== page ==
Grapevine: Global justice

Bagdonas said the history of Lithuania is inseparable from that of its Jewish population.

Prime Minister Benjamin Netanyahu and Lithunian Prime Minister Benjamin Netanyahu  (photo credit: AMOS BEN-GERSHOM/GPO)
Prime Minister Benjamin Netanyahu and Lithunian Prime Minister Benjamin Netanyahu
(photo credit: AMOS BEN-GERSHOM/GPO)
Difficult though it may be to believe that any member of Knesset who is intent on keeping his or her seat would go abroad less than three weeks before the April 9 elections – it is happening. Because she’s in what appears to be a safe place on the Labor Party list, Merav Michaeli will be in New York next week to address members of Ameinu, which advocates a liberal-based progressive Israel. Michaeli will speak on the Israeli Left and the upcoming elections. The fact that organizers of the event are not revealing the venue for Michaeli’s appearance speaks volumes for where American Jewry stands politically these days. The only clue is that she will be speaking at an apartment on the Upper West Side. The address will be given to people who RSVP to Ameinu’s invitation.
■ IF THERE’S a cooling off period for diplomats such as there is for Israeli army officers before they can enter the political arena, former US ambassador to Israel Dan Shapiro has apparently crossed the finishing line and is now free to say whatever is on his mind. His wife, Julie Fisher, reached that point a lot earlier than Shapiro. He recently tweeted: “Memo to my Republican friends: If you wanted to make a serious play to convince Jewish voters to leave the Democratic Party, you could not have a more laughable, pathetic, ridiculous (and offensive) leader of the campaign than the guy tweeting at us from the White House.”
■ FOR THE fifth and last time during his service in Israel, Lithuanian Ambassador Edminas Bagdonas hosted a concert and reception in honor of the anniversary of his country’s restoration of independence. Bagdonas will be winding up his post later this year. The event in the Asia Auditorium of the Tel Aviv Museum of Art was actually a multiple celebration. It marked the 30th anniversary of the Baltic Way, which on August 23, 1989, was a peaceful political demonstration in which some two million people in Estonia, Latvia and Lithuania held hands forming a human chain that extended from Tallinn to Riga to Vilnius, in protest of the ongoing Soviet occupation of the three Baltic states, which had been Soviet bloc countries since 1940.
Over the centuries, Lithuania had been occupied by various foreign powers, but on February 16, 1918, in the final year of the Great War, its independence was restored. The February date is known as State Day in the Lithuanian calendar.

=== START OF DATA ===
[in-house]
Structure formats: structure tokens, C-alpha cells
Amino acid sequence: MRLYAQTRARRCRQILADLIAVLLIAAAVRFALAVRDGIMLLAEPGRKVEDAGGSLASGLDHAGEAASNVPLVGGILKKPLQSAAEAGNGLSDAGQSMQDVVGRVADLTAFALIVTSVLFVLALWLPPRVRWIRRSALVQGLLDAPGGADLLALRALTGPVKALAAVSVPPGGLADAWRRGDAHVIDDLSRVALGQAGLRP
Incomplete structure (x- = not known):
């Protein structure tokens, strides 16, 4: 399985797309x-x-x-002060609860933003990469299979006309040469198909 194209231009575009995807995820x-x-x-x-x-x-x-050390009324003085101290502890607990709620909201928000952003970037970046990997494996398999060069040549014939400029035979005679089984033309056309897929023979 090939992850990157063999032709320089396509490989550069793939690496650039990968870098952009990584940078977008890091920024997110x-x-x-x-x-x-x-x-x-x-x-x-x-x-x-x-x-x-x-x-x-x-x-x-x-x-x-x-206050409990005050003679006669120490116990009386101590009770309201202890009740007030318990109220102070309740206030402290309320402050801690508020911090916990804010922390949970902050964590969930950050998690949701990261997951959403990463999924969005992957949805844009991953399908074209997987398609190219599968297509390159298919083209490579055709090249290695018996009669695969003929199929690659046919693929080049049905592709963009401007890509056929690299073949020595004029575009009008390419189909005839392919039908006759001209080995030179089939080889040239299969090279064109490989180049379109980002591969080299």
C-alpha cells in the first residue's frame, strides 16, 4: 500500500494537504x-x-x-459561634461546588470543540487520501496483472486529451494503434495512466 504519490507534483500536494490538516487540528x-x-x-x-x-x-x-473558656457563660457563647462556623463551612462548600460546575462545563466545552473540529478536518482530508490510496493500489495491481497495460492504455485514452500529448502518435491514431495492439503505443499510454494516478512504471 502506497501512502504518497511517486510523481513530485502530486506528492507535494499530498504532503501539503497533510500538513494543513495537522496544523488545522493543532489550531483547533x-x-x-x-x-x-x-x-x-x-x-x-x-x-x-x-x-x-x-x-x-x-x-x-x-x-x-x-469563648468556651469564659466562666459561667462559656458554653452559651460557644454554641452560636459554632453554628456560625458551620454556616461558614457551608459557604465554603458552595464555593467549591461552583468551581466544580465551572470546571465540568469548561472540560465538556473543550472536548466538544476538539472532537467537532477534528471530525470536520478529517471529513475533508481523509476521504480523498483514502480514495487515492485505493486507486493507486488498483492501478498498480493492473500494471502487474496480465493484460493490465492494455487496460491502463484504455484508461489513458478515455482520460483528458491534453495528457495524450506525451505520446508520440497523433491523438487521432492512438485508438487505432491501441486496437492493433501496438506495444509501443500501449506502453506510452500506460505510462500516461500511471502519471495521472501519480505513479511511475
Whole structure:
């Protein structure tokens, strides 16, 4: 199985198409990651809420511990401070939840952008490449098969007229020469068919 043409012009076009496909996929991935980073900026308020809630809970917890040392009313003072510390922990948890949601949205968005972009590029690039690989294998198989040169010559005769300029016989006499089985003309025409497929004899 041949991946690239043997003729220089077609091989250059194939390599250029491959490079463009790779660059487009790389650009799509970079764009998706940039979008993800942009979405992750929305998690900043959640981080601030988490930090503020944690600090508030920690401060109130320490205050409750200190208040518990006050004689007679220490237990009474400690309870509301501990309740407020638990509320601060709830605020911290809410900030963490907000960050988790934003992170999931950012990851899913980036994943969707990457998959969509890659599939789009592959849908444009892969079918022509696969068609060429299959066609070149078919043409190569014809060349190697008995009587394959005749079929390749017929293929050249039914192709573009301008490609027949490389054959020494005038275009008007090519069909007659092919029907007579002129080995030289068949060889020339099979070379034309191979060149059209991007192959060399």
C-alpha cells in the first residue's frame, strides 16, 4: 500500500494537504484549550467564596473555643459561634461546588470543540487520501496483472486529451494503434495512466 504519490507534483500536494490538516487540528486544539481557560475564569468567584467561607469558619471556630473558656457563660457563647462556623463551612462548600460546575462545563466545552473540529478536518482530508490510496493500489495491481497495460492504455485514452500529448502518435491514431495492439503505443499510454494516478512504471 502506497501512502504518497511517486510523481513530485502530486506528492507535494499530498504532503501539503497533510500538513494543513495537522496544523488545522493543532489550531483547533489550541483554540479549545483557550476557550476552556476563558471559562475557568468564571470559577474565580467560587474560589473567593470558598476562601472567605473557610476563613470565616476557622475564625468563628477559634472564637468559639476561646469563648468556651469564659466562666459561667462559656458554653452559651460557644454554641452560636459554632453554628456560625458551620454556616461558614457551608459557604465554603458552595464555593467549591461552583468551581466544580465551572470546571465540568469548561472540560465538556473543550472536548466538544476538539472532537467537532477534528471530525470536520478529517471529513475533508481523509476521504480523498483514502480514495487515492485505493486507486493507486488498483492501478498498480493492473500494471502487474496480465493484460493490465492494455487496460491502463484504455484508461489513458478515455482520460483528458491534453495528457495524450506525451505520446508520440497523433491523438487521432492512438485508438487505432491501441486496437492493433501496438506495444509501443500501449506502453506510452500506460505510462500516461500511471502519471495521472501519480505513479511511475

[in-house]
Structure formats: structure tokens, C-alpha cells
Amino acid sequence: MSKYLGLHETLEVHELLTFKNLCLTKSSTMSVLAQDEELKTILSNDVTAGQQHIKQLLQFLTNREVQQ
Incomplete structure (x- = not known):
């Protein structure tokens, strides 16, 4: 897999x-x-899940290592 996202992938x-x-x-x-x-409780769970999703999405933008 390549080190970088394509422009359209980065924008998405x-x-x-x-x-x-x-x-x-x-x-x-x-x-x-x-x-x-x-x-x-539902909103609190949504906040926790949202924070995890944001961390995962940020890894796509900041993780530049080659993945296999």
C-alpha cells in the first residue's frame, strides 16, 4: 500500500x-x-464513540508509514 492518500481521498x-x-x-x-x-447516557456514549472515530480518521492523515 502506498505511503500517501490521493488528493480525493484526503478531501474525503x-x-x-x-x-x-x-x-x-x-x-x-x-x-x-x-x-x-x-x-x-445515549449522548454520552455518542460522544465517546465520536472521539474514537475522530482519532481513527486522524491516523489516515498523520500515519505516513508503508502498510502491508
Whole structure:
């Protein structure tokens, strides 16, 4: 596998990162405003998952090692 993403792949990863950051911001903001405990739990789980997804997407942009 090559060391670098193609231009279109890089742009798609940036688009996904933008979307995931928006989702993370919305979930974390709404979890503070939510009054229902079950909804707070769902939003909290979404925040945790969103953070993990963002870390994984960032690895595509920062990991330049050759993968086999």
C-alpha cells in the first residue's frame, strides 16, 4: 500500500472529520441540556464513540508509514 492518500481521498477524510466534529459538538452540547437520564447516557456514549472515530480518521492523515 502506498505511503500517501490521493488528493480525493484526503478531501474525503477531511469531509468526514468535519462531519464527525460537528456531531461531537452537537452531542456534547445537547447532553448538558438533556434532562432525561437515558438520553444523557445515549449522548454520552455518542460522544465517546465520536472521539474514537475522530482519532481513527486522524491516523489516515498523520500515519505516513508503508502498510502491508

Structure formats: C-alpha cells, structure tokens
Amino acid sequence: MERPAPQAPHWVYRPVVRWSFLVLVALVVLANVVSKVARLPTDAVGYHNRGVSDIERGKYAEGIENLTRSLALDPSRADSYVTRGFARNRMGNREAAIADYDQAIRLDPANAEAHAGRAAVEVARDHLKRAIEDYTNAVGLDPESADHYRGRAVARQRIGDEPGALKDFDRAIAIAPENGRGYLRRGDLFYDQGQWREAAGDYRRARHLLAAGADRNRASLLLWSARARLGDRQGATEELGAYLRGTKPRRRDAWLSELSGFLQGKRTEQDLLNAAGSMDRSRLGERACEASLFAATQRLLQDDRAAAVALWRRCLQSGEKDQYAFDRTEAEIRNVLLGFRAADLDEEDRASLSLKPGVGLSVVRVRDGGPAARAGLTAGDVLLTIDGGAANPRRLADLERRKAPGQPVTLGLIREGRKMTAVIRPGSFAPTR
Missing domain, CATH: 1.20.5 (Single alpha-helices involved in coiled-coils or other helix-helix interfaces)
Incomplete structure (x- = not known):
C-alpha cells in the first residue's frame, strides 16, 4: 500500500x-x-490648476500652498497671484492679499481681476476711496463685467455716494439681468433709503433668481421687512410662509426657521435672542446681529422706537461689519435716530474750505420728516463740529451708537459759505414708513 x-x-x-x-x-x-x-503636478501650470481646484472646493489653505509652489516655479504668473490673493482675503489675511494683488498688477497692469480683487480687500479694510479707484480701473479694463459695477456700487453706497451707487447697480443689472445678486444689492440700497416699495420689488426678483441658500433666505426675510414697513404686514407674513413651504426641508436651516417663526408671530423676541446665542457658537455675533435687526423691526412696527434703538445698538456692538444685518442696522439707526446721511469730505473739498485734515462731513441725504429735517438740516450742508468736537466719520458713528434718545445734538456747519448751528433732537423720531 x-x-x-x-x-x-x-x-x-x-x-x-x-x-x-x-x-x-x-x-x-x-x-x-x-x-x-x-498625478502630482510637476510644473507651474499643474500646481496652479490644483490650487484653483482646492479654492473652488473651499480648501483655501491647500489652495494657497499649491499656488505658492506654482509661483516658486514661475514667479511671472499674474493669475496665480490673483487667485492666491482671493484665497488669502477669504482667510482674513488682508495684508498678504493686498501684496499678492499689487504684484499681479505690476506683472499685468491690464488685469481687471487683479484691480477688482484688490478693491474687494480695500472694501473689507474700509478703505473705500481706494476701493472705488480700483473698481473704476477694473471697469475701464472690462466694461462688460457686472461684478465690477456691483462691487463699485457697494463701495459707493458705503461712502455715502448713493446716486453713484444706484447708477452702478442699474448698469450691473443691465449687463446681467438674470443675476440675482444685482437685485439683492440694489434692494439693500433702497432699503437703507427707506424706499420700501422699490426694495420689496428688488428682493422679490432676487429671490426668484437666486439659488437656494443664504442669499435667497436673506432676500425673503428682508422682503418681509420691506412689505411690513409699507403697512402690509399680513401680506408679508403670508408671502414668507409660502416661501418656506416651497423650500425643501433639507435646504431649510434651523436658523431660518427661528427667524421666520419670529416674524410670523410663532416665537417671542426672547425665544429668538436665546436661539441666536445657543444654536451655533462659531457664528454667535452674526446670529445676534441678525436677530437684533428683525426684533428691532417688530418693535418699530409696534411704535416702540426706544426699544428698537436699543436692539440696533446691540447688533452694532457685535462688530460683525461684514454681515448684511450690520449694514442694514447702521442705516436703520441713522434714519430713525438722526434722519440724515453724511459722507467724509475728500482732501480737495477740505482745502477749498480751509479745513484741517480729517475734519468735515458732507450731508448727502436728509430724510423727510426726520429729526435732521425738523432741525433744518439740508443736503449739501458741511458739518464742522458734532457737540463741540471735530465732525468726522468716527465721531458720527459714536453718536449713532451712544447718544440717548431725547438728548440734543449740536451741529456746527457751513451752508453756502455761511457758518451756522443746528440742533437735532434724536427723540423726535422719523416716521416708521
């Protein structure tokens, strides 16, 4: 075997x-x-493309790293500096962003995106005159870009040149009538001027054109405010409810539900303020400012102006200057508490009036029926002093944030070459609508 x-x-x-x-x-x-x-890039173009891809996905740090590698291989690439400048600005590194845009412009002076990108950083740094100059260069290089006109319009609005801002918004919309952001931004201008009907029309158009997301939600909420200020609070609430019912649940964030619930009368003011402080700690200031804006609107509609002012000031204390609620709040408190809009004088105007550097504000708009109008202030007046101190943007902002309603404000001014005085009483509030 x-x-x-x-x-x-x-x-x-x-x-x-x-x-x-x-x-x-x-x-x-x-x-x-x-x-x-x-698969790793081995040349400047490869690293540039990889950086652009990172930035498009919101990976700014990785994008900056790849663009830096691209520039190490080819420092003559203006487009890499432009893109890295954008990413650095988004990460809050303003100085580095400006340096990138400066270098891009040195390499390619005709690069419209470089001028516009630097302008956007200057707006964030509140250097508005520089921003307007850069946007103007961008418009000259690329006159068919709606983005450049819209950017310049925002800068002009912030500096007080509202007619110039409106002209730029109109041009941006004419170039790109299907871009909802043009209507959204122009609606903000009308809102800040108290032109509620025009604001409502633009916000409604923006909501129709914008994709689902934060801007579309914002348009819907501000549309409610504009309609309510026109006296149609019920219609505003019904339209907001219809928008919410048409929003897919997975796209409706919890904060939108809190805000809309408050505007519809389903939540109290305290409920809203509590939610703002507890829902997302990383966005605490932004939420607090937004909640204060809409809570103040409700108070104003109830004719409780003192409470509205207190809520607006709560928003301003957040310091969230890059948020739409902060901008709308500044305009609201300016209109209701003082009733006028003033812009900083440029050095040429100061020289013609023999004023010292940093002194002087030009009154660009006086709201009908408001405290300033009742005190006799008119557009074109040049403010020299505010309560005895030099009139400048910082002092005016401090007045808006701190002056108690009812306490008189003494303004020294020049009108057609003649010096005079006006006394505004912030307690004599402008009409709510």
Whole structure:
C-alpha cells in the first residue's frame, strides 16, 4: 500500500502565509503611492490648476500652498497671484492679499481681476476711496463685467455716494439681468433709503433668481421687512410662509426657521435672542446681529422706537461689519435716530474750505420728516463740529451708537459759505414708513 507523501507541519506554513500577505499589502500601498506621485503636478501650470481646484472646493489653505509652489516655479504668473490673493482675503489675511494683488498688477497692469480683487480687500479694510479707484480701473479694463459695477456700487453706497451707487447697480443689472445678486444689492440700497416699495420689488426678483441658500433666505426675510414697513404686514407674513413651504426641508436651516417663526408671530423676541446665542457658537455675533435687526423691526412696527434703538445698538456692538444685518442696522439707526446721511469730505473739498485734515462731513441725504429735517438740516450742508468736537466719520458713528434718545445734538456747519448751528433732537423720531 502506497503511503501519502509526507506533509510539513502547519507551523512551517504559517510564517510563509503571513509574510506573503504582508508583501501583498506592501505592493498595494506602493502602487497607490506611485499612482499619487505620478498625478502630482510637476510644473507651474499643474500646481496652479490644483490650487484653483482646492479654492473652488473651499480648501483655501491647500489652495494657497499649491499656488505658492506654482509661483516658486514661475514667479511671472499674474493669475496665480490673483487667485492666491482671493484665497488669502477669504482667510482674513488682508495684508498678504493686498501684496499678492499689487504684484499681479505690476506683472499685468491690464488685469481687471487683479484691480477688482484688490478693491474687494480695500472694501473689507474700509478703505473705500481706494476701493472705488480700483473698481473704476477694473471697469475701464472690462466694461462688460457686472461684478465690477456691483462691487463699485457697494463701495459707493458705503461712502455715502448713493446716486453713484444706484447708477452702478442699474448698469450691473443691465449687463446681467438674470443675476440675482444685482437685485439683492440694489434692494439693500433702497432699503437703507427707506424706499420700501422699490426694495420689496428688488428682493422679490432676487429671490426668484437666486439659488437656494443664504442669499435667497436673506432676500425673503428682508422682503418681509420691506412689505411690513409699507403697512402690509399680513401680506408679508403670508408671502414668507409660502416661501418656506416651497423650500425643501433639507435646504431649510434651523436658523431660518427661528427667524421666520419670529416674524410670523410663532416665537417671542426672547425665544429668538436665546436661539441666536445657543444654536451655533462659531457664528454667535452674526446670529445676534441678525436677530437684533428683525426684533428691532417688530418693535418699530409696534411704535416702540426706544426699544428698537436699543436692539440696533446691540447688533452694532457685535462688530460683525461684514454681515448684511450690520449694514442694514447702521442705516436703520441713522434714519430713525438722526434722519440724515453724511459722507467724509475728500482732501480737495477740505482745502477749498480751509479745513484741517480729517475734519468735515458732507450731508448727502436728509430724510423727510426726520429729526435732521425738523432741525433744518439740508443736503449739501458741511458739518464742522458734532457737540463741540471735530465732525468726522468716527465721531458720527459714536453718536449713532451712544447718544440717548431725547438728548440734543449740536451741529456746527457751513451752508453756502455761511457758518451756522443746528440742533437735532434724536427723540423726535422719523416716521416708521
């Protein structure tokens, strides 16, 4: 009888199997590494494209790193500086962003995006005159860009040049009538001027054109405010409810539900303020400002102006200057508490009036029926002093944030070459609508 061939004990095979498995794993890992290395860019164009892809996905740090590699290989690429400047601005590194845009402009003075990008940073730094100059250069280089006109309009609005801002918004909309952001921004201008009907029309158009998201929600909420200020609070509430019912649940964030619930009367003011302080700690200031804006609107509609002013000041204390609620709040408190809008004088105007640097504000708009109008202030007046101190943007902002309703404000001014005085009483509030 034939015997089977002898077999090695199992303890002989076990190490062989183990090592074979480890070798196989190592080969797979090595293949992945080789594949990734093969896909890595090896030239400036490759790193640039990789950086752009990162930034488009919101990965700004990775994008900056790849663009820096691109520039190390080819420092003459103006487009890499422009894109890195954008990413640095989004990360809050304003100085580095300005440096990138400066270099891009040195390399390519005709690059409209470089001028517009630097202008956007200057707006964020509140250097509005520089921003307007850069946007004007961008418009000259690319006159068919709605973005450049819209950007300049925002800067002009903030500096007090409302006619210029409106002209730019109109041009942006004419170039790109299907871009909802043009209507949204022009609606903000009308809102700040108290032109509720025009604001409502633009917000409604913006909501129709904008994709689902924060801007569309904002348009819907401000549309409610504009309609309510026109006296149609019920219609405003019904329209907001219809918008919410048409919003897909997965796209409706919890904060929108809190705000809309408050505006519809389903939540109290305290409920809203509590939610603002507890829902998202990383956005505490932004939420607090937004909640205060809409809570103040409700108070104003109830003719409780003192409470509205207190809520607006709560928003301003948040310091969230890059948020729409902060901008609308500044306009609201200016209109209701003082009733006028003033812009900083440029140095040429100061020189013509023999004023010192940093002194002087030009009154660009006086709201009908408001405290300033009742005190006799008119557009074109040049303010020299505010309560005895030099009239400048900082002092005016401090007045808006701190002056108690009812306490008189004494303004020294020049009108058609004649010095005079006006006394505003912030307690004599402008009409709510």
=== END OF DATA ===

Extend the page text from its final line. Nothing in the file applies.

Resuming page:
On March 11, 1990, Lithuania was able to hold a democratic election, and on that date the elected parliament declared independence from the Soviet Union. The date is referred to as Restoration of Independence Day, but the Soviets did not recognize Lithuania’s independence until 1991.
Although Lithuania is now a democratic republic, it was once a powerful empire. It is a country whose people are becoming increasingly conscious of their history and so it also celebrates the anniversary on July 6 of the coronation of Lithuania’s first monarch, King Mindaugas, who was crowned on that date in 1253.
Jews first came to Lithuania in the eighth century. Bagdonas said the history of Lithuania is inseparable from that of its Jewish population. He deeply regretted the decimation of Lithuania’s Jewish population during the Holocaust and said that today, “we devote special attention to the memory of the Shoah.” He noted that Lithuania’s government has approved the definition of antisemitism and is committed to preventing a recurrence of the tragedy that all but eradicated Lithuania’s Jewish community.
“There is no place for antisemitism in Lithuania,” he declared, adding “Lithuanian and Israeli relations are the best they have ever been.” This relationship was enhanced, he underscored, by the first-ever visit by a prime minister of Israel to Lithuania, when Prime Minister Benjamin Netanyahu, who has family roots in Lithuania, went there in August 2018. It was further cemented by the visit to Israel in January this year by Lithuanian Prime Minister Saulius Skvernelis, who delivered an address at the Cybertech Conference.
Communications Minister Ayoub Kara, who represented the government, got himself into a little Baltic confusion when he congratulated the government and the people of Latvia. He was loudly corrected by the large representation of Lithuanian expatriates in the auditorium.
Apologizing for the gaffe, Kara spoke of commonalities between Lithuania and Israel, saying that they were both young, proud democracies facing international and regional challenges.
He praised the work done by Bagdonas and by Israel’s Ambassador to Lithuania Amir Maimon, who is Israel’s first resident ambassador to Lithuania and like Bagdonas will be concluding his term this year.